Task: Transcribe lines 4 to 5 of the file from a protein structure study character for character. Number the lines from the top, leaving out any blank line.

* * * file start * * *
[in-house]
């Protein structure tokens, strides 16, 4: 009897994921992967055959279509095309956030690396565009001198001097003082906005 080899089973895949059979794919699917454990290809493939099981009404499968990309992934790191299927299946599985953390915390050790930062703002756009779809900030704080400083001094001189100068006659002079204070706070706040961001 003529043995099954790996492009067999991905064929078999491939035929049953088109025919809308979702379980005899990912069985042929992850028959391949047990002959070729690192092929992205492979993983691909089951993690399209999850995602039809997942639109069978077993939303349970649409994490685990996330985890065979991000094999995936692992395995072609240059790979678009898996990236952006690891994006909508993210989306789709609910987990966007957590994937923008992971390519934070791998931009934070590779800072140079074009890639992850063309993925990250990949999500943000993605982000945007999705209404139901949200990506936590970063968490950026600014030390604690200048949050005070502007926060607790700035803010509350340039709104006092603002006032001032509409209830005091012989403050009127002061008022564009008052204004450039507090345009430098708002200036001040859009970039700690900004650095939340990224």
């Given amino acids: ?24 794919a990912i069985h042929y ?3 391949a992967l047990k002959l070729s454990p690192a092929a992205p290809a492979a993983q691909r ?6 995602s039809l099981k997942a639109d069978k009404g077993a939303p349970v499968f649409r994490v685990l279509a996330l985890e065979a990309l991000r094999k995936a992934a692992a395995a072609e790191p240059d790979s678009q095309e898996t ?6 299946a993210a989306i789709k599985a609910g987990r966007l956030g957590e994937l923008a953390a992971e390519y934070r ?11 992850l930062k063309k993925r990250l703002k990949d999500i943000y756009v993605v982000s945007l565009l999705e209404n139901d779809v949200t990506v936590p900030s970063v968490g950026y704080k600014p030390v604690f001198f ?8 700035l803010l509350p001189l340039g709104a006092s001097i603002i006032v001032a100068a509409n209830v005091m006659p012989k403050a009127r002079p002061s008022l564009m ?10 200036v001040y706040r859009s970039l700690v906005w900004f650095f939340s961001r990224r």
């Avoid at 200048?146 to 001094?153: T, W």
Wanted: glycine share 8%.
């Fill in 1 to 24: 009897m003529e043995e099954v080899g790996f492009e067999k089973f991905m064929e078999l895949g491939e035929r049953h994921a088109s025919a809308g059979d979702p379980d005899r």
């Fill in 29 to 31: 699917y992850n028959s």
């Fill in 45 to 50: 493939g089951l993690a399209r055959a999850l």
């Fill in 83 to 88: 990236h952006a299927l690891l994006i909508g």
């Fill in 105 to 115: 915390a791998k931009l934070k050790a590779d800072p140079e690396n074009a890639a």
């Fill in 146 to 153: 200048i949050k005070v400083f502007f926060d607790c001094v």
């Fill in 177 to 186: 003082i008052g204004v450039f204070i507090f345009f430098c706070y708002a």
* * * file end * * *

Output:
């Avoid at 200048?146 to 001094?153: T, W």
Wanted: glycine share 8%.